It was another holiday today. Independence Day (from France). Now it is back to work.

I'll probably go to Phnom Penh on Wednesday. Back on Friday. I need to go to a couple of Ministries and start some inquiries. You never finish them on your first visit. You only start them on your first visit. And I have GOT to buy a car. I can't rely on tuks tuks to get me around town. We'll probably wind up with a small SUV and a moto (scooter). We should be able to get a 10-12 year old Honda CRV for around $6-7,000. That's the plan anyway. And its not LMRF money. This is MY money.

Then Jill and I have to do a border run around the end of the month. We came in on a tourist visa and we need a business visa, so we have to leave the country and re-enter. Poipet is only about 2.5 hours away, so that will be our detination. Leave at 6am and get back around 2...we hope! Cambodia and Thailand are not happy with each other right now and Thailand keeps threatening to close the borders....I need to find a phone number....

That's all for now.


Saturday, November 7, 2009

Dogtags in the Jungle

It has been a very hectic and heady couple of weeks. We had a very nice story in the Desert Sun, and there a wonderful story on Aki Ra featured on And the people we visited in Hong Kong are still writing checks for the Museum and Child Relief Centre, so that is all really good.


But let me tell you about what happened last week.

I got an email from a good friend, Gary Christ, who works with the Angkor Association for the Disabled. They help landmine victims and have about 4 dozen people living at their facility in Siem Reap. The man who runs the organization had someone walk in the door with what appeared to be human remains, along with two dogtags from American soldiers. They wanted to return them to the proper authorities but didn't know how to go about it. And they didn't want to get in trouble. They had known about these dogtags for several years but hadn't done anything about them.

Geary emailed me because he knew I was in Cambodia. I contacted some people I know at the American Embassy and was put in touch with the MIA Researcher working here.

Keith Lane, a photojournalist from Maine, and I visited AAD and saw both the remains and the dogtags. We went together so we had verifying witnesses as to what we saw. I photographed the dogtags (not the remains) and sent the information on to the Embassy to confirm what information was given to them.

Then we waited.........

I went to several websites and searched the names. They were not among any of the KIA or MIA from the war, but that isn't necessarily definitive. I have a good friend whose brother died in Vietnam. She went to the opening of the Vietnam Memorial in DC and his name was not on the Wall. It is now.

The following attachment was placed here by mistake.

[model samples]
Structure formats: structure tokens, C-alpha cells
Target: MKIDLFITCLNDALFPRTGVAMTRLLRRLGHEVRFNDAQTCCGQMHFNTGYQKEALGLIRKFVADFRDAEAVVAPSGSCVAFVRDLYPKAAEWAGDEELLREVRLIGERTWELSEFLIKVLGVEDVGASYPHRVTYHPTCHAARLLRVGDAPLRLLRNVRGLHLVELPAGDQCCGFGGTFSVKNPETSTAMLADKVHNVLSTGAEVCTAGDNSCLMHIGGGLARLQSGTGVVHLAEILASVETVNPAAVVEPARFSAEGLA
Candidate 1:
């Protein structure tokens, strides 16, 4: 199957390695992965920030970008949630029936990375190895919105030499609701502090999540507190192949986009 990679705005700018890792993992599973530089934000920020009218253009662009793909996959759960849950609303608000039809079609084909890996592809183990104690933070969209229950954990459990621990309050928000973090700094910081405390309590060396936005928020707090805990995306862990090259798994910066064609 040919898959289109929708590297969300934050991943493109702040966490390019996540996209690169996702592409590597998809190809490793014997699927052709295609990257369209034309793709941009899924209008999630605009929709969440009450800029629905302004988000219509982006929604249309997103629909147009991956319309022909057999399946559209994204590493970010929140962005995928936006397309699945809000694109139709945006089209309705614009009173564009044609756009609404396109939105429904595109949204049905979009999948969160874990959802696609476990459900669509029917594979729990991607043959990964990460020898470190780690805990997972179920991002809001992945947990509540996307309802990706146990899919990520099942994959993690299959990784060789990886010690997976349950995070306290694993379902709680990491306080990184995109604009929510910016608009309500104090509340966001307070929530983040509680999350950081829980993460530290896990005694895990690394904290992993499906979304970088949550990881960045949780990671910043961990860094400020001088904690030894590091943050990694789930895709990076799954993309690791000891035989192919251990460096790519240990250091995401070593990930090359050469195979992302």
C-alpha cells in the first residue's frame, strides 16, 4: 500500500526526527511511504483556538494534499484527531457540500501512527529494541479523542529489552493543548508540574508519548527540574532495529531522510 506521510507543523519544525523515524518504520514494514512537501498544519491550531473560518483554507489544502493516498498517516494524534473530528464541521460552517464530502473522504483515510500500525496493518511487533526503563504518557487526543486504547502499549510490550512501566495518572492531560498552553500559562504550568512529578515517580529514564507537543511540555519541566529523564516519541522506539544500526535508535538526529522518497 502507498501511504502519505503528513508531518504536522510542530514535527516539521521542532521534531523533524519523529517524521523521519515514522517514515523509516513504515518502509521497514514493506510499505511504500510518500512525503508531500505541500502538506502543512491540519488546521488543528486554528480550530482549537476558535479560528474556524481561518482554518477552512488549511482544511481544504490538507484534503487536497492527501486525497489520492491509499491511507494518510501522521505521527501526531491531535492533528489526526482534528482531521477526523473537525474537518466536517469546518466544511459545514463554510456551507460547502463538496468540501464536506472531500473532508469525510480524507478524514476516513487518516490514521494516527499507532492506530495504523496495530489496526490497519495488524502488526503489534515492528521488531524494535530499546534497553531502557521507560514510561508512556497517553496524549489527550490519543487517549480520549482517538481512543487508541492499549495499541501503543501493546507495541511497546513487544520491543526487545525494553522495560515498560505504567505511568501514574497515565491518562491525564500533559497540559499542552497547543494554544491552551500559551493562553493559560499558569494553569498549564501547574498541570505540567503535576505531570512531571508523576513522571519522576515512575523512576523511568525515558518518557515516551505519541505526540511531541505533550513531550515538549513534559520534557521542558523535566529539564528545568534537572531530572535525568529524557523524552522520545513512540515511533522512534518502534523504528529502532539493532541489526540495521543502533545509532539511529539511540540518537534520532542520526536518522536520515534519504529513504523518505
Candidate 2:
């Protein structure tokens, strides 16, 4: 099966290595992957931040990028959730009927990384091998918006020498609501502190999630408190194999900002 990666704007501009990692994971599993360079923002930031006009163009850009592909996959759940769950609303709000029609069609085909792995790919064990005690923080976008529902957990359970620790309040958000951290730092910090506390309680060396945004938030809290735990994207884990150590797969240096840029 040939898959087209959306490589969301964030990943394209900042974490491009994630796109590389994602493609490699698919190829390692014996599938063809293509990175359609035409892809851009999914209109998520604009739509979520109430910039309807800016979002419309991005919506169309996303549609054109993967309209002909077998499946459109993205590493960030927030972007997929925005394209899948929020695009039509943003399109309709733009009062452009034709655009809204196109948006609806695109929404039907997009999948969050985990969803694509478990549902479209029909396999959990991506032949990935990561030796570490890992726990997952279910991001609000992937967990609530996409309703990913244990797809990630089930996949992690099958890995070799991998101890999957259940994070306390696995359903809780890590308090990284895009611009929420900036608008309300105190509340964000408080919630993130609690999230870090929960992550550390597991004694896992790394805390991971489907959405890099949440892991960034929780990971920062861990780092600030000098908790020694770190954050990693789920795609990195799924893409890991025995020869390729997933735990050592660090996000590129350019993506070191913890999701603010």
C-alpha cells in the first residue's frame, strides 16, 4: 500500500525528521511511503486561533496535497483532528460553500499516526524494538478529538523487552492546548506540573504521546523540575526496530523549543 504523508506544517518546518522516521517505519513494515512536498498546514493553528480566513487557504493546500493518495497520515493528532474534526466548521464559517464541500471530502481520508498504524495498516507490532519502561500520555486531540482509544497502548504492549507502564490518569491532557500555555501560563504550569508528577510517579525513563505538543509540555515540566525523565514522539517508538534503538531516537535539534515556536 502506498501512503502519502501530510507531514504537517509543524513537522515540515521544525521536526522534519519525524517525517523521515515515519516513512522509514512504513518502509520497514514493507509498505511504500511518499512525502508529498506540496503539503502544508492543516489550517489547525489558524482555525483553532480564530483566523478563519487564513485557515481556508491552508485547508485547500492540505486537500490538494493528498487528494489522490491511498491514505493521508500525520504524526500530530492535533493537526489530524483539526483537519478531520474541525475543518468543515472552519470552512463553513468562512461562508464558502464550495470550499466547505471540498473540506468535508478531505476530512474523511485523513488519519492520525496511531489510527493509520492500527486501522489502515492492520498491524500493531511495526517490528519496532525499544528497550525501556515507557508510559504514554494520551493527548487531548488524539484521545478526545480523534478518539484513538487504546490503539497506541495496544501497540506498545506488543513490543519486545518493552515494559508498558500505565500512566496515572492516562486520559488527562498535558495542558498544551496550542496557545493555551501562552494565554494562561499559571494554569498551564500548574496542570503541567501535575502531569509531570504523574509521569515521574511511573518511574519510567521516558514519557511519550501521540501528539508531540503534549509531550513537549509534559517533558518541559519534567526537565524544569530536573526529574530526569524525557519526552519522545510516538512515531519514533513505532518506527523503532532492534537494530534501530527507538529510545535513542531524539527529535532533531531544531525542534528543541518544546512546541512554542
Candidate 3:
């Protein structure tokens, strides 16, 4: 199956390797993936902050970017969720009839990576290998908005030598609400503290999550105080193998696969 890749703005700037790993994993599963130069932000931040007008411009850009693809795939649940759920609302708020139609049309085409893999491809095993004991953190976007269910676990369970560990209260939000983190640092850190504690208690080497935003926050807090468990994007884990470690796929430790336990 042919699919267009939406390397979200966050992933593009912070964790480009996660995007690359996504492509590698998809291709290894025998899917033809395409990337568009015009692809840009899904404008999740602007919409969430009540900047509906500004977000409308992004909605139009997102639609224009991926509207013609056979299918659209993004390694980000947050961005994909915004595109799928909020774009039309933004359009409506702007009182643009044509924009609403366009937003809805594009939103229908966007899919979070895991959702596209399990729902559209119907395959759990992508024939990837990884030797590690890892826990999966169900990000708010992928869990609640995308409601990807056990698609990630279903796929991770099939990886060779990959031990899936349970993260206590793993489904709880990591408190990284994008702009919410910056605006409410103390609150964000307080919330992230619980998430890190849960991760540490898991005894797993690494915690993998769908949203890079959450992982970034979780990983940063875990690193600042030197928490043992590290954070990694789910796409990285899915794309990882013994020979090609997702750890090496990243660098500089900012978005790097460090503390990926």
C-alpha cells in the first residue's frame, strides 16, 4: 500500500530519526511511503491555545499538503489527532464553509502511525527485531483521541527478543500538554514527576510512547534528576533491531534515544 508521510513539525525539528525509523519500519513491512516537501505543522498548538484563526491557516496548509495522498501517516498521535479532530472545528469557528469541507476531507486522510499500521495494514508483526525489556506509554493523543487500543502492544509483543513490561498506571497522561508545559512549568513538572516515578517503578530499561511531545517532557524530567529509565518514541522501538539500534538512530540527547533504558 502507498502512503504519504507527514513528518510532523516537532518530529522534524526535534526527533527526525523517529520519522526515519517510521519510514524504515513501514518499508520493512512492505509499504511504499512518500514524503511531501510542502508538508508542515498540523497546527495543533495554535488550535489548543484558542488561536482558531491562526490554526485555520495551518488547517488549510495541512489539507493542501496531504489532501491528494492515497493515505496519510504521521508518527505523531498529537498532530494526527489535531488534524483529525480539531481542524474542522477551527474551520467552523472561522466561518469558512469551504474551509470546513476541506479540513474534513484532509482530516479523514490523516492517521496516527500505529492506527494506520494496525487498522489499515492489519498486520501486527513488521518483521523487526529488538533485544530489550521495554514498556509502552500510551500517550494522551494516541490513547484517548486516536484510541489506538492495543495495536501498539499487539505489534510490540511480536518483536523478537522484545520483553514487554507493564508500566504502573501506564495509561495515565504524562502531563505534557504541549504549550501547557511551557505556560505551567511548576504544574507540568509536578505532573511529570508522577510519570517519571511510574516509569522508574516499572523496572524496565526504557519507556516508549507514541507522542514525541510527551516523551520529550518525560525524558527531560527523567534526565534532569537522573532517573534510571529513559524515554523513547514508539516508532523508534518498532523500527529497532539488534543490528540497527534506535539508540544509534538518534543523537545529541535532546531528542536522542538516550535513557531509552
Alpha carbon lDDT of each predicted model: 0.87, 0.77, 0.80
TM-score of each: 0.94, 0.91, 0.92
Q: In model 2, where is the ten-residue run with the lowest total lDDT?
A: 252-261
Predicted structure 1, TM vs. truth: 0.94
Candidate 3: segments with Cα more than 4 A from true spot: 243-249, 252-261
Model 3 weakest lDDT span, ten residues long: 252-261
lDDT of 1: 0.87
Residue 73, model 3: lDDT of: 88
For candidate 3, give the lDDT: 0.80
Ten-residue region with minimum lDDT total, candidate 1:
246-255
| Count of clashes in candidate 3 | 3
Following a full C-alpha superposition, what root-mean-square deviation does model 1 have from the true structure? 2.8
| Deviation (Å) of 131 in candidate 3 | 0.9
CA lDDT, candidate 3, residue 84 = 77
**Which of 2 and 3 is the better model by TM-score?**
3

Well... eventually it turned out that these were just a pair of lost dogtags that someone had found in an area where there had been a lot of fighting. From talking to the farmers who brought them in, we think the dogtags were actually found in Vietnam, but the border in the northeast is a bit, shall we say, fluid.

The researcher from the embassy told me there are thousands of dogtags lost during the decade or more in which we had troops in SEA. And they are turning up all the time. If you ever go to Ho Chi Minh City (Saigon) you will find American dogtags in dozens of souvenir shops. The government used to think there was a little machine shop somewhere in Vietnam pumping these things out, but now they believe them to be real, lost during the war.

So the bottom line is some 65 year old Vietnam Vet could get his identity stolen because he lost his dogtags in Vietnam when he was 19 years old. Dogtags have your SSN on them. Wouldn't that be kick in the behind. Getting bit by Vietnam 40 some years after you thought you had left it behind.

Well more later..........

Babu from the jungle

Wednesday, November 4, 2009

From the Palm Springs Desert Sun - nice stuff!

November 4, 2009
Local man makes good on vow to help rid Cambodia of minesA world traveler, Morse has moved to Southeast Asia on a mission to help his new neighbors

Maggie Downs
The Desert Sun

The scene is bucolic. Swollen clouds hang in a technicolor blue sky. Schoolchildren, on break for lunch, ride their bikes in the distance. A cow grazes on lush grass next to a dirt road.

Only when you notice the objects lining the path do things seem slightly askew.


They stand on end, ushering visitors into The Cambodian Landmine Museum and Relief Center.

It's a modest $2 to enter the facility, and the paper ticket reassures visitors, “Everything on display has been inspected 100 percent free from explosives.

The displays are horrific. The centerpiece of the structure is a glass gazebo stacked with thousands of landmines in all shapes and sizes. Every room opens another chapter in the bloody genocide that stole more than 20 percent of the country's population between 1970 and 1979.

Even more horrific is the number of explosives that remain active in Cambodia. Though it's impossible to know exactly how many landmines still pepper the jungles and fields, estimates range from 6 to 10 million.